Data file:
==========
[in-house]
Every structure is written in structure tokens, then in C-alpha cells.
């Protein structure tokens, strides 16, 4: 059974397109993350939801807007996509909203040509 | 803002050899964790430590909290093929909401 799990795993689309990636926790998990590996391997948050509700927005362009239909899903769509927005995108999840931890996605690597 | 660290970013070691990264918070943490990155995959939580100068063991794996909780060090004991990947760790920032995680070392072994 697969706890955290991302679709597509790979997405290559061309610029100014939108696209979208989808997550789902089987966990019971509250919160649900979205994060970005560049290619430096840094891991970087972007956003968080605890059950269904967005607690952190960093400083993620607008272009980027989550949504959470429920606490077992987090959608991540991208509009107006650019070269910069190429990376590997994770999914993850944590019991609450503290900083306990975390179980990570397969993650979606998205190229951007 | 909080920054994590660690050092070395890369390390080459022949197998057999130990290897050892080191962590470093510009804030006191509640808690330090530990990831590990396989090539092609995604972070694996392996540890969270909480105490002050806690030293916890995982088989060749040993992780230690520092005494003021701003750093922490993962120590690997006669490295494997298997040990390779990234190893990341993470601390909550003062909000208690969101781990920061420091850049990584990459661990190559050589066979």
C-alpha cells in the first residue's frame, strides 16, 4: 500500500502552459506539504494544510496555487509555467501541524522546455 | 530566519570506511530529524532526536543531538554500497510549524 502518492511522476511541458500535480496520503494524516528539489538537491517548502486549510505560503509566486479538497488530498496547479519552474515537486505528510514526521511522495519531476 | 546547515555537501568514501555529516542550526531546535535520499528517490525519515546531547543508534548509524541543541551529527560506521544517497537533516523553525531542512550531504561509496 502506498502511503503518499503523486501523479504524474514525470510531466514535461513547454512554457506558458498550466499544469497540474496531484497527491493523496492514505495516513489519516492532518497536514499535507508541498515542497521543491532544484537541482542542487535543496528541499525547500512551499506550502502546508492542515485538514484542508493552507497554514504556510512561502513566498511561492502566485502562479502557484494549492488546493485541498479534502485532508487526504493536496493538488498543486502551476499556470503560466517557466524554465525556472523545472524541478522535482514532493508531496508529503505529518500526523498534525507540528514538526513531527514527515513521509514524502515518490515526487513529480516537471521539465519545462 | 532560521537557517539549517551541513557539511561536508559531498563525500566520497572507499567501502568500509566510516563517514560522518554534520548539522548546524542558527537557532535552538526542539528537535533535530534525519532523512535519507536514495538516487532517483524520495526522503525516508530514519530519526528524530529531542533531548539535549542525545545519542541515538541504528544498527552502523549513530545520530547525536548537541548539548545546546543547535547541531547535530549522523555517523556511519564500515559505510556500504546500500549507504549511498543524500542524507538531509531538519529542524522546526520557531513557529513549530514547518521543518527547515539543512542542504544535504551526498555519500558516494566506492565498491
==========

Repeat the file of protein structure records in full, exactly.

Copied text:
[in-house]
Every structure is written in structure tokens, then in C-alpha cells.
């Protein structure tokens, strides 16, 4: 059974397109993350939801807007996509909203040509 | 803002050899964790430590909290093929909401 799990795993689309990636926790998990590996391997948050509700927005362009239909899903769509927005995108999840931890996605690597 | 660290970013070691990264918070943490990155995959939580100068063991794996909780060090004991990947760790920032995680070392072994 697969706890955290991302679709597509790979997405290559061309610029100014939108696209979208989808997550789902089987966990019971509250919160649900979205994060970005560049290619430096840094891991970087972007956003968080605890059950269904967005607690952190960093400083993620607008272009980027989550949504959470429920606490077992987090959608991540991208509009107006650019070269910069190429990376590997994770999914993850944590019991609450503290900083306990975390179980990570397969993650979606998205190229951007 | 909080920054994590660690050092070395890369390390080459022949197998057999130990290897050892080191962590470093510009804030006191509640808690330090530990990831590990396989090539092609995604972070694996392996540890969270909480105490002050806690030293916890995982088989060749040993992780230690520092005494003021701003750093922490993962120590690997006669490295494997298997040990390779990234190893990341993470601390909550003062909000208690969101781990920061420091850049990584990459661990190559050589066979």
C-alpha cells in the first residue's frame, strides 16, 4: 500500500502552459506539504494544510496555487509555467501541524522546455 | 530566519570506511530529524532526536543531538554500497510549524 502518492511522476511541458500535480496520503494524516528539489538537491517548502486549510505560503509566486479538497488530498496547479519552474515537486505528510514526521511522495519531476 | 546547515555537501568514501555529516542550526531546535535520499528517490525519515546531547543508534548509524541543541551529527560506521544517497537533516523553525531542512550531504561509496 502506498502511503503518499503523486501523479504524474514525470510531466514535461513547454512554457506558458498550466499544469497540474496531484497527491493523496492514505495516513489519516492532518497536514499535507508541498515542497521543491532544484537541482542542487535543496528541499525547500512551499506550502502546508492542515485538514484542508493552507497554514504556510512561502513566498511561492502566485502562479502557484494549492488546493485541498479534502485532508487526504493536496493538488498543486502551476499556470503560466517557466524554465525556472523545472524541478522535482514532493508531496508529503505529518500526523498534525507540528514538526513531527514527515513521509514524502515518490515526487513529480516537471521539465519545462 | 532560521537557517539549517551541513557539511561536508559531498563525500566520497572507499567501502568500509566510516563517514560522518554534520548539522548546524542558527537557532535552538526542539528537535533535530534525519532523512535519507536514495538516487532517483524520495526522503525516508530514519530519526528524530529531542533531548539535549542525545545519542541515538541504528544498527552502523549513530545520530547525536548537541548539548545546546543547535547541531547535530549522523555517523556511519564500515559505510556500504546500500549507504549511498543524500542524507538531509531538519529542524522546526520557531513557529513549530514547518521543518527547515539543512542542504544535504551526498555519500558516494566506492565498491